Climate change is the biggest threat to the survival of planet earth we have ever encountered. It is a large-scale, long-term shift in the planet’s weather patterns and average temperatures. It is important we take heed. There must be no denying it.
Since the last ice age about 11,000 years ago, the Earth’s climate has been relatively stable, with an average global temperature of about 14 °C. However, we know that global temperatures have risen significantly over the 20th and 21st centuries, primarily as a result of a rise in atmospheric carbon dioxide (CO2).
Since the Industrial Revolution, CO2 in the atmosphere has increased by over 40% to levels that have never been seen. This has caused warming throughout the climate system, and many indicators prove that our climate is changing.
Global average surface temperature has increased by about 1 °C since the 1850s. Each of the last three decades has been successively warmer than any other preceding decade and 16 of the 17 warmest years on record have occurred since the year 2001.
Rainfall has increased in the mid-latitudes of the northern hemisphere since the beginning of the 20th century. There are also changes between seasons in different regions. For example, the UK’s summer rainfall is decreasing on average, while winter rainfall is increasing. There is also evidence that heavy rainfall events have become more intensive, especially over North America. We are seeing flooding on unprecedented levels.
Changes in nature
Changes in the seasons (such as the UK spring starting earlier, autumn starting later) are bringing changes in the behaviour of species, for example, butterflies appearing earlier in the year and birds shifting their migration patterns.
Sea level rises
Since 1900, global average sea level has risen by more than 20 cm. The rate of sea-level rise has increased in recent decades from around 1.7 mm per year over the last century, to 3.3 mm per year since the early 1990s.
Glaciers all over the world, in the Alps, Rockies, Andes, Himalayas, Africa and Alaska are melting and the rate of shrinkage has increased in recent decades.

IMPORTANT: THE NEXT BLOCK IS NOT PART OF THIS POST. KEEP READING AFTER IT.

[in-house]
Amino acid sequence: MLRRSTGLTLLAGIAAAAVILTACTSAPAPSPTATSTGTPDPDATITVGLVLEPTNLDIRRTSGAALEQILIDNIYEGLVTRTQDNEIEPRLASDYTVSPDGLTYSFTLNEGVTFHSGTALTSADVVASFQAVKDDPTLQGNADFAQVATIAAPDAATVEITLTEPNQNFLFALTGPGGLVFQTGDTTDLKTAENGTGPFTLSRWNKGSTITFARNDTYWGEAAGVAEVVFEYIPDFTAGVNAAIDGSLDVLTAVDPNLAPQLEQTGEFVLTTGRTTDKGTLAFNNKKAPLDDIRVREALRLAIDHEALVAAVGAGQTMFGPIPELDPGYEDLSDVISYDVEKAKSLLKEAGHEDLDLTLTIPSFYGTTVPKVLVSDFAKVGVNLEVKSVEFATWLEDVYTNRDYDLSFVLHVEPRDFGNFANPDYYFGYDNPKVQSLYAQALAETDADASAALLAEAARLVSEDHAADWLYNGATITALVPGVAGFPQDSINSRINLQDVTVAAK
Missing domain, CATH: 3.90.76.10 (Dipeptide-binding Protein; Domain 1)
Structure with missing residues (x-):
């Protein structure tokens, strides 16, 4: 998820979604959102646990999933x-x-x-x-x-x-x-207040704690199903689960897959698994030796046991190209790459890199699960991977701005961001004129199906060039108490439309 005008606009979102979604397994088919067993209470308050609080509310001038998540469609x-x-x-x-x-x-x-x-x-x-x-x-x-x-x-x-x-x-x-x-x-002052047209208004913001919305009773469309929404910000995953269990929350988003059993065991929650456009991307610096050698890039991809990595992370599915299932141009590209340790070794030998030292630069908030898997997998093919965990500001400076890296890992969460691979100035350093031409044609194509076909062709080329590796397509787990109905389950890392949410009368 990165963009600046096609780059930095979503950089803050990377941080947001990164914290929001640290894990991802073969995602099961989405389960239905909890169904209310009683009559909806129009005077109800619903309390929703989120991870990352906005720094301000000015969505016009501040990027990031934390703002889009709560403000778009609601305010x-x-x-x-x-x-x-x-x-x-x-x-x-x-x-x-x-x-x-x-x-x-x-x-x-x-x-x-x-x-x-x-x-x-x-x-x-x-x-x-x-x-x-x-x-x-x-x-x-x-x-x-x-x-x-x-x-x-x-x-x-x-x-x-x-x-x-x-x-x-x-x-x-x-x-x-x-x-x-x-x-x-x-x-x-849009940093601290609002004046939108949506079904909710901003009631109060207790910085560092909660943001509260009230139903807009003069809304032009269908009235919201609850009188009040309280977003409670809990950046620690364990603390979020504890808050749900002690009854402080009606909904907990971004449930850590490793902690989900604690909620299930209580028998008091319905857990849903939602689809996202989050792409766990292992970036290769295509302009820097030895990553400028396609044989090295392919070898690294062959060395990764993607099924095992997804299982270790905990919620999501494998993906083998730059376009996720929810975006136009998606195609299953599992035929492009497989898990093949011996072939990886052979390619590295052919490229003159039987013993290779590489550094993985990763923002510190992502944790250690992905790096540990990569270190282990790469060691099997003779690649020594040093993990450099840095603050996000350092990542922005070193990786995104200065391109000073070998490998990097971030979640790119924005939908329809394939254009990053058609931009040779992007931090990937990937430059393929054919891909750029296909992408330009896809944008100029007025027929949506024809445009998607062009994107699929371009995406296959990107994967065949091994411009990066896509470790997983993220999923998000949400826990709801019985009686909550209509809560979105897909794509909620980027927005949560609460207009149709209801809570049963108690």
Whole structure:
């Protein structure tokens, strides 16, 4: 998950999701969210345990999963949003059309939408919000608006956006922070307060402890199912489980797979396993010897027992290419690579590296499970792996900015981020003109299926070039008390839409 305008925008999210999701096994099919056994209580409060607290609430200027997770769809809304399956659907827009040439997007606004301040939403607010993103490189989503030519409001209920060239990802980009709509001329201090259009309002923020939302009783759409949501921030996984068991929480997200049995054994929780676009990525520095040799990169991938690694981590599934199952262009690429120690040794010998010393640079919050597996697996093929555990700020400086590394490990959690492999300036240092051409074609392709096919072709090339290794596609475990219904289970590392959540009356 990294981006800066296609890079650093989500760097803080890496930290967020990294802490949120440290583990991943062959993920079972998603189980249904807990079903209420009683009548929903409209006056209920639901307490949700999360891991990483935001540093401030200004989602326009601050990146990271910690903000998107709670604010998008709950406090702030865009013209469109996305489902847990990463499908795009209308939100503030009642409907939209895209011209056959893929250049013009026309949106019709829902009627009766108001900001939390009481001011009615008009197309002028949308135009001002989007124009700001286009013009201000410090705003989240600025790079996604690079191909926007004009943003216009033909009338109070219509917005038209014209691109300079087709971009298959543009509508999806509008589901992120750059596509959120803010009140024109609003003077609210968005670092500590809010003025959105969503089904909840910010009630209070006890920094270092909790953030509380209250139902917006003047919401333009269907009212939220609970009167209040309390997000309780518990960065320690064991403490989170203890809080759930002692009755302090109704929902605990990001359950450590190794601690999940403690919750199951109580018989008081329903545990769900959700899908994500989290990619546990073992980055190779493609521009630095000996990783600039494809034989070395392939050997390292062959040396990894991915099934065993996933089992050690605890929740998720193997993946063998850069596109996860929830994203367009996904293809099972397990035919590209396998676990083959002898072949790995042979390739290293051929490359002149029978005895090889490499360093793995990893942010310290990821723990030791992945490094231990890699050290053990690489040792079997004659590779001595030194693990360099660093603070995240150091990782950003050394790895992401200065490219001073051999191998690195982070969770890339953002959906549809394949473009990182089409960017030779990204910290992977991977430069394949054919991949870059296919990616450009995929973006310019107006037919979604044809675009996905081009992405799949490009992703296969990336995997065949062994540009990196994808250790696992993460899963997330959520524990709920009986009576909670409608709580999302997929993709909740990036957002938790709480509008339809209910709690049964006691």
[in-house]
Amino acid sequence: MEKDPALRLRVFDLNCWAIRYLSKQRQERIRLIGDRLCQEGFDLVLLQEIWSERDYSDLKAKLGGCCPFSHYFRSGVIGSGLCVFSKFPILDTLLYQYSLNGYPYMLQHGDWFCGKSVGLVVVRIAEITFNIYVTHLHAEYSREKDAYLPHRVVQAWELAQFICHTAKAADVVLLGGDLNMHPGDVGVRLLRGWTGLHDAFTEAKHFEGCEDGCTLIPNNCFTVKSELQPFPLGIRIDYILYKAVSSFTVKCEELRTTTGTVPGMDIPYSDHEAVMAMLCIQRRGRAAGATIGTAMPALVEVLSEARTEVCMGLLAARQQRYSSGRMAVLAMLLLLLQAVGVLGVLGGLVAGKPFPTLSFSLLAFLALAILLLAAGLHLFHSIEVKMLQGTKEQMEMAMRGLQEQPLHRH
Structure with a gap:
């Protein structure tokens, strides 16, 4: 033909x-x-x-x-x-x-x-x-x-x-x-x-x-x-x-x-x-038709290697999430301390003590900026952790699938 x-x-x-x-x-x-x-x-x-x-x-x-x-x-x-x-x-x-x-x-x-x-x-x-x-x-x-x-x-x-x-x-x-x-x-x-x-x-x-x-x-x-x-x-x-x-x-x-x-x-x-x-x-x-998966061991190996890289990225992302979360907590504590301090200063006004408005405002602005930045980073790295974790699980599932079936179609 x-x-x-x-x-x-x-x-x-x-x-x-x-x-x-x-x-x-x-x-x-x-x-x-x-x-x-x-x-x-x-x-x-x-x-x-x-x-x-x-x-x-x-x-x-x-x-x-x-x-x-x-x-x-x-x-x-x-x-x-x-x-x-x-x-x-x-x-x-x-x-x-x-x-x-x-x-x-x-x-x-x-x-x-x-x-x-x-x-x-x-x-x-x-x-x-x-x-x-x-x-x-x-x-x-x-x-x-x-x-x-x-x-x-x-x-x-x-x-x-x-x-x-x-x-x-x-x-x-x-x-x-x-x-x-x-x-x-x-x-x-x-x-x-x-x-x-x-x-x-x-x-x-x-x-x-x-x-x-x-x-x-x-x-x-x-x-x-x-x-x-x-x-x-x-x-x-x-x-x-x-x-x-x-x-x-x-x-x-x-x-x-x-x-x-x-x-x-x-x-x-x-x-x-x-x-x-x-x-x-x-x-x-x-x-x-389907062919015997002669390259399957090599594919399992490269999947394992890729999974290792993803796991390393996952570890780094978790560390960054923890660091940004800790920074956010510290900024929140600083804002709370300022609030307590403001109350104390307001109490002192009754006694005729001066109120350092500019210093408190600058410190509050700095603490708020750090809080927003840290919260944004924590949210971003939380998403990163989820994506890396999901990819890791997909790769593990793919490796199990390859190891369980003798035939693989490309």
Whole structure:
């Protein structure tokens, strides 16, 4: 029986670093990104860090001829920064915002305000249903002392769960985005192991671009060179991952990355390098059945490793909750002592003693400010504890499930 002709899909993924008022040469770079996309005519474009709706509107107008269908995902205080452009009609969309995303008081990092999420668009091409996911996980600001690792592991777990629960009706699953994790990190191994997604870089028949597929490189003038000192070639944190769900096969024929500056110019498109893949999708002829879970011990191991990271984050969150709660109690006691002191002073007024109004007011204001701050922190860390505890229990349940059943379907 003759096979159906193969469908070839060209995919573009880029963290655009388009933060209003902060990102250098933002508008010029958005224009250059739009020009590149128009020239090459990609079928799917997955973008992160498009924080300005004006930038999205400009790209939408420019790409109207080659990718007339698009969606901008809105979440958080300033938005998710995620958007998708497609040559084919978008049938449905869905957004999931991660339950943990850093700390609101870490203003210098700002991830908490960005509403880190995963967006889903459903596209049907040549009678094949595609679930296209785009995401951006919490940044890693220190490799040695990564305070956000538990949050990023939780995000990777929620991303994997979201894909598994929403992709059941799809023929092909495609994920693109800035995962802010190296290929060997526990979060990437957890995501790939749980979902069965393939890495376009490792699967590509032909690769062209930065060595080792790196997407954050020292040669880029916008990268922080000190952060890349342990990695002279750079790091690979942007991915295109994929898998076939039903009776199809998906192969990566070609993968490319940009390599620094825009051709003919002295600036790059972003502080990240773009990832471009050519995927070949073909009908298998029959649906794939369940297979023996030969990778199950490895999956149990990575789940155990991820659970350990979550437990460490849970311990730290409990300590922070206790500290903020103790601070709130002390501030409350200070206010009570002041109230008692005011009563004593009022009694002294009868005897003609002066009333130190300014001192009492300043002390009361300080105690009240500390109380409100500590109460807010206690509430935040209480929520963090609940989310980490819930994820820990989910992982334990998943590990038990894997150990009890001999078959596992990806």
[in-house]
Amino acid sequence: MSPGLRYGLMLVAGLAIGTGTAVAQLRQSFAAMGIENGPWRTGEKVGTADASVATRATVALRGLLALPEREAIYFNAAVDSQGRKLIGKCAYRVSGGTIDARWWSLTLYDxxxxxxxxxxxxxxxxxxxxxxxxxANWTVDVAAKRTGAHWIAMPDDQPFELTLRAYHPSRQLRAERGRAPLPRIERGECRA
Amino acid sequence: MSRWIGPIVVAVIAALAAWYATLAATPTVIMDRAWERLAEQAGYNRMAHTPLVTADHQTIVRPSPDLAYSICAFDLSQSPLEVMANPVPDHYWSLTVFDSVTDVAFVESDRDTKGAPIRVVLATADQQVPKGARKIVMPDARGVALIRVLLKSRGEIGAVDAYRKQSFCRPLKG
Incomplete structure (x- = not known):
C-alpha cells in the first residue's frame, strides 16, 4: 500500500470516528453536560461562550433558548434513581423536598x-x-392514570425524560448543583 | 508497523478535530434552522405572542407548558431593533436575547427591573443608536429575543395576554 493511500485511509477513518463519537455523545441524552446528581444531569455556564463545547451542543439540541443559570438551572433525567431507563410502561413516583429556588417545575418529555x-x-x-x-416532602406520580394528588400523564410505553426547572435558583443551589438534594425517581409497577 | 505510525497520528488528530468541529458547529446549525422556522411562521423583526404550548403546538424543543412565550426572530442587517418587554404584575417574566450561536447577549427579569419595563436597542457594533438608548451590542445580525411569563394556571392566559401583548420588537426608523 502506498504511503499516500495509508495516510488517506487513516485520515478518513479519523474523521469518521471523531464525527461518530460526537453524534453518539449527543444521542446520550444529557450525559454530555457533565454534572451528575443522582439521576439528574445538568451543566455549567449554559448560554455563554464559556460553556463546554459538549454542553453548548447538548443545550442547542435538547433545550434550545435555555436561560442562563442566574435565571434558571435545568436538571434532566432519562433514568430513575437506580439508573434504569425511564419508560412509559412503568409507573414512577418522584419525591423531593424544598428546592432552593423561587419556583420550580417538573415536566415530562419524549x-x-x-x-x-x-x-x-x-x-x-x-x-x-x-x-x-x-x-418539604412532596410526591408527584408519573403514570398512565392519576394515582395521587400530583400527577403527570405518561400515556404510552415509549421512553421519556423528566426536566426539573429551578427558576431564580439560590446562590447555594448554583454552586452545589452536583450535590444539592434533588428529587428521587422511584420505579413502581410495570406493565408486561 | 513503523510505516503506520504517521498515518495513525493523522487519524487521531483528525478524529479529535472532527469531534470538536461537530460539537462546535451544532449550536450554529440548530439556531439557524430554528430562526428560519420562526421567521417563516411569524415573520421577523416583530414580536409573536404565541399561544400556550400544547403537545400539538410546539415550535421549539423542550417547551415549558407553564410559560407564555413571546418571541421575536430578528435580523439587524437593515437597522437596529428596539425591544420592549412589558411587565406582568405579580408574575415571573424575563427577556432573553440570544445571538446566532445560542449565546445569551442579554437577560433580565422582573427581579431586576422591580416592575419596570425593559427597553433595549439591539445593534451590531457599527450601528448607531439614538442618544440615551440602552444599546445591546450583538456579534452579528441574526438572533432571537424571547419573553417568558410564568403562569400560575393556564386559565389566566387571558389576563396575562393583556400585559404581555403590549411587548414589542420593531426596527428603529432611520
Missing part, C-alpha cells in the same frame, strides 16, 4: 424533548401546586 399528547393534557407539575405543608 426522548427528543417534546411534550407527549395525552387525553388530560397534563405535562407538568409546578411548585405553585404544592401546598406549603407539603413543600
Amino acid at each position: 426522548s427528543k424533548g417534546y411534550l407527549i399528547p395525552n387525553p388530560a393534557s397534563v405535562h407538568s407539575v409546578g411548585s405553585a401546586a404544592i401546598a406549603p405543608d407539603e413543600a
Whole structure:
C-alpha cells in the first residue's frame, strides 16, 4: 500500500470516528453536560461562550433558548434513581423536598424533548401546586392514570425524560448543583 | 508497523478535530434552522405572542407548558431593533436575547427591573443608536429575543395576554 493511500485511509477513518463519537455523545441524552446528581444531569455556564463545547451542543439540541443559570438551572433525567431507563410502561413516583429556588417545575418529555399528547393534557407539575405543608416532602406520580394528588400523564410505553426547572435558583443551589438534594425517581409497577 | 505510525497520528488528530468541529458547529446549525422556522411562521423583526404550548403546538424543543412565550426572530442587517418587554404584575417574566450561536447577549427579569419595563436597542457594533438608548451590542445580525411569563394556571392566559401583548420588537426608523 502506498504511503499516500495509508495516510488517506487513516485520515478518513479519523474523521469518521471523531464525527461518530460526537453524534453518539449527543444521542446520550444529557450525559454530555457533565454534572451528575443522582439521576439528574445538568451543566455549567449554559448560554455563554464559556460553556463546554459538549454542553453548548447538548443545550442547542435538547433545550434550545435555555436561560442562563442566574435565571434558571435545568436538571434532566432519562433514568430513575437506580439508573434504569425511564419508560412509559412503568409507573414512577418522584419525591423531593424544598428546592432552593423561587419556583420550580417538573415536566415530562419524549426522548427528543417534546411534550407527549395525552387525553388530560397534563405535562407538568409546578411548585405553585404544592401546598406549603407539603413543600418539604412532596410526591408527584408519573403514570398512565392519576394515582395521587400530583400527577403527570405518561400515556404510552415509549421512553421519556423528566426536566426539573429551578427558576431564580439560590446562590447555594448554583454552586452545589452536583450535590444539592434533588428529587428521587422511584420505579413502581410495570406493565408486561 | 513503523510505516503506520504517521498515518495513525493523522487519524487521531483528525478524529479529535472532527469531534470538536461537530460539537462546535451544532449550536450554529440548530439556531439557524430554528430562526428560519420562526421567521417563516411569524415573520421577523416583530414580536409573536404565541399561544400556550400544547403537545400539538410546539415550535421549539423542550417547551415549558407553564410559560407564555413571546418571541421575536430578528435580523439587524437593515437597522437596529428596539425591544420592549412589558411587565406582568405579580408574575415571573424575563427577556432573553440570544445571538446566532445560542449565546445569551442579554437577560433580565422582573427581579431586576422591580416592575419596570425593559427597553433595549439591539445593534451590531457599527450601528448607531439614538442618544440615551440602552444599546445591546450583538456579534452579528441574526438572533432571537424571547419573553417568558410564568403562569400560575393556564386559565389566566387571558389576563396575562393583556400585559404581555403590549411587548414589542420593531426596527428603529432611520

Arctic sea-ice has been declining since the late 1970s, reducing in extent by about 4%, or 0.6 million square kilometres per decade. The summer minimum Arctic sea ice extent has decreased by 13.3% per decade since 1979. At the same time Antarctic sea-ice has been more stable, though most areas have been at very low levels since autumn 2016.
The Greenland and Antarctic ice sheets, which between them store the majority of the world’s fresh water, are both shrinking at an accelerating rate.
The United Nations has recently held talks about climate change again in Poland. This conference is the most critical on climate change since the 2015 Paris agreement. At the opening ceremony UN Secretary-General, said climate change was already “a matter of life and death” for many countries. He explained that many of the countries, most responsible for climate change were still behind in their responsibilities, primary USA and China.
Speaking at the conference in Poland, Sir David Attenborough said: “Right now, we are facing a man-made disaster of global scale. Our greatest threat in thousands of years. Climate Change. If we don’t take action, the collapse of our civilisations and the extinction of much of the natural world is on the horizon.”
Although the USA has withdrawn from the Paris agreement, it cannot leave until 2020, so its negotiators have been taking part in meetings and have not obstructed the process. However, given the President’s well-known support for coal, in spite of the overwhelming evidence it has been anticipated that the White House will again organise a side event promoting fossil fuels.
The world needs to work together to come to understand climate change. Bringing our personal opinions into whether climate change exists is damming. just because certain countries may not believe it, doesn’t mean it’s not happening.
The reality is, it’s happening, and we must act now. To deny that means future generations and animals will struggle to survive.